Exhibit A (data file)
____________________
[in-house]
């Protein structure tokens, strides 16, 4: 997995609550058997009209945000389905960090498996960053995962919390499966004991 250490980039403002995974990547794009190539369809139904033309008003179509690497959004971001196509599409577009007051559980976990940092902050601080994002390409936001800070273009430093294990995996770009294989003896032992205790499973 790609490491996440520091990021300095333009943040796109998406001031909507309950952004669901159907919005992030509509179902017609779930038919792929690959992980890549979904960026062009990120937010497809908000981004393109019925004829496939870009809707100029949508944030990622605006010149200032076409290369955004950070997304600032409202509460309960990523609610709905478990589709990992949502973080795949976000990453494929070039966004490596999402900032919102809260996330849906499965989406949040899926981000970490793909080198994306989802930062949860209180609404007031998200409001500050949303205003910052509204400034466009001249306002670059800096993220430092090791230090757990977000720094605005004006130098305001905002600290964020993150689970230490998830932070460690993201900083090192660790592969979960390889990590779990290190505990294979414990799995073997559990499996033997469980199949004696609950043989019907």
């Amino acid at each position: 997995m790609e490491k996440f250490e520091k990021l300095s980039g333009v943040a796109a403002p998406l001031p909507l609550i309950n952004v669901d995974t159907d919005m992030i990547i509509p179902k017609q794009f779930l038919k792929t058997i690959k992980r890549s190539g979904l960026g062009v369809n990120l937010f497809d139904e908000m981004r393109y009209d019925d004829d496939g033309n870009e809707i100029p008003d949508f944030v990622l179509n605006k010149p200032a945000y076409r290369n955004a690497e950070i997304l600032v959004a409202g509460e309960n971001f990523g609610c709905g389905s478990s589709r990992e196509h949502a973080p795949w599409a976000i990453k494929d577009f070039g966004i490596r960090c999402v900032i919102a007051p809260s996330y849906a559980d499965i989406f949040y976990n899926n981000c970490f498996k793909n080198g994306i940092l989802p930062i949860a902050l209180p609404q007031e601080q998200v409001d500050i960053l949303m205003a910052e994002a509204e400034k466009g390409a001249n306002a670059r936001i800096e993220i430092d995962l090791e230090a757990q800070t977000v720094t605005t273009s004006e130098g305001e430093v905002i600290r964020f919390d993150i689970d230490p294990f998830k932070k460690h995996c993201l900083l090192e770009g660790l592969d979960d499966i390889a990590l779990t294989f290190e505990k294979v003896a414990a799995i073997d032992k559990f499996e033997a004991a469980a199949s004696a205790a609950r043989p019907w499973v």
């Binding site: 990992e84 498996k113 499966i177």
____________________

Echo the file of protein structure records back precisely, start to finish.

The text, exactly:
[in-house]
């Protein structure tokens, strides 16, 4: 997995609550058997009209945000389905960090498996960053995962919390499966004991 250490980039403002995974990547794009190539369809139904033309008003179509690497959004971001196509599409577009007051559980976990940092902050601080994002390409936001800070273009430093294990995996770009294989003896032992205790499973 790609490491996440520091990021300095333009943040796109998406001031909507309950952004669901159907919005992030509509179902017609779930038919792929690959992980890549979904960026062009990120937010497809908000981004393109019925004829496939870009809707100029949508944030990622605006010149200032076409290369955004950070997304600032409202509460309960990523609610709905478990589709990992949502973080795949976000990453494929070039966004490596999402900032919102809260996330849906499965989406949040899926981000970490793909080198994306989802930062949860209180609404007031998200409001500050949303205003910052509204400034466009001249306002670059800096993220430092090791230090757990977000720094605005004006130098305001905002600290964020993150689970230490998830932070460690993201900083090192660790592969979960390889990590779990290190505990294979414990799995073997559990499996033997469980199949004696609950043989019907």
């Amino acid at each position: 997995m790609e490491k996440f250490e520091k990021l300095s980039g333009v943040a796109a403002p998406l001031p909507l609550i309950n952004v669901d995974t159907d919005m992030i990547i509509p179902k017609q794009f779930l038919k792929t058997i690959k992980r890549s190539g979904l960026g062009v369809n990120l937010f497809d139904e908000m981004r393109y009209d019925d004829d496939g033309n870009e809707i100029p008003d949508f944030v990622l179509n605006k010149p200032a945000y076409r290369n955004a690497e950070i997304l600032v959004a409202g509460e309960n971001f990523g609610c709905g389905s478990s589709r990992e196509h949502a973080p795949w599409a976000i990453k494929d577009f070039g966004i490596r960090c999402v900032i919102a007051p809260s996330y849906a559980d499965i989406f949040y976990n899926n981000c970490f498996k793909n080198g994306i940092l989802p930062i949860a902050l209180p609404q007031e601080q998200v409001d500050i960053l949303m205003a910052e994002a509204e400034k466009g390409a001249n306002a670059r936001i800096e993220i430092d995962l090791e230090a757990q800070t977000v720094t605005t273009s004006e130098g305001e430093v905002i600290r964020f919390d993150i689970d230490p294990f998830k932070k460690h995996c993201l900083l090192e770009g660790l592969d979960d499966i390889a990590l779990t294989f290190e505990k294979v003896a414990a799995i073997d032992k559990f499996e033997a004991a469980a199949s004696a205790a609950r043989p019907w499973v």
């Binding site: 990992e84 498996k113 499966i177």